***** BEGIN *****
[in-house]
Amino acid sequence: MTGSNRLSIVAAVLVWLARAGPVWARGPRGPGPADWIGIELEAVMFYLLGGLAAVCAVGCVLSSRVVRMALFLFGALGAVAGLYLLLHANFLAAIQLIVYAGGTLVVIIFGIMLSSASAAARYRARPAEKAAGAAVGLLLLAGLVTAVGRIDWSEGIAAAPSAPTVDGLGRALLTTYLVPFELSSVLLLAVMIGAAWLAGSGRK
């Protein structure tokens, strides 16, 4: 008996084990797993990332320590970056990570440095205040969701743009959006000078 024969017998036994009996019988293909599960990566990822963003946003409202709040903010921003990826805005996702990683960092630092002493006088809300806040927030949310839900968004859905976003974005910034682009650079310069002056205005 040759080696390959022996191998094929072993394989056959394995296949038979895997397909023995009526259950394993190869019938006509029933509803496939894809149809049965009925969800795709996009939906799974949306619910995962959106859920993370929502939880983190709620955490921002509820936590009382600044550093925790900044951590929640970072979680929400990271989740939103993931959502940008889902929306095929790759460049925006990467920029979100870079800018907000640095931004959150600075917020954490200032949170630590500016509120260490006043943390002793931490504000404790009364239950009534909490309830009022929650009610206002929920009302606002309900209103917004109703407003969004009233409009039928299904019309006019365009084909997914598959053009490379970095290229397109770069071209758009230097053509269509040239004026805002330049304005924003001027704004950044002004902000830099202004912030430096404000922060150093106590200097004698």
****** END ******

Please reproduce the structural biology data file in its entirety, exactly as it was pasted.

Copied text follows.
[in-house]
Amino acid sequence: MTGSNRLSIVAAVLVWLARAGPVWARGPRGPGPADWIGIELEAVMFYLLGGLAAVCAVGCVLSSRVVRMALFLFGALGAVAGLYLLLHANFLAAIQLIVYAGGTLVVIIFGIMLSSASAAARYRARPAEKAAGAAVGLLLLAGLVTAVGRIDWSEGIAAAPSAPTVDGLGRALLTTYLVPFELSSVLLLAVMIGAAWLAGSGRK
């Protein structure tokens, strides 16, 4: 008996084990797993990332320590970056990570440095205040969701743009959006000078 024969017998036994009996019988293909599960990566990822963003946003409202709040903010921003990826805005996702990683960092630092002493006088809300806040927030949310839900968004859905976003974005910034682009650079310069002056205005 040759080696390959022996191998094929072993394989056959394995296949038979895997397909023995009526259950394993190869019938006509029933509803496939894809149809049965009925969800795709996009939906799974949306619910995962959106859920993370929502939880983190709620955490921002509820936590009382600044550093925790900044951590929640970072979680929400990271989740939103993931959502940008889902929306095929790759460049925006990467920029979100870079800018907000640095931004959150600075917020954490200032949170630590500016509120260490006043943390002793931490504000404790009364239950009534909490309830009022929650009610206002929920009302606002309900209103917004109703407003969004009233409009039928299904019309006019365009084909997914598959053009490379970095290229397109770069071209758009230097053509269509040239004026805002330049304005924003001027704004950044002004902000830099202004912030430096404000922060150093106590200097004698």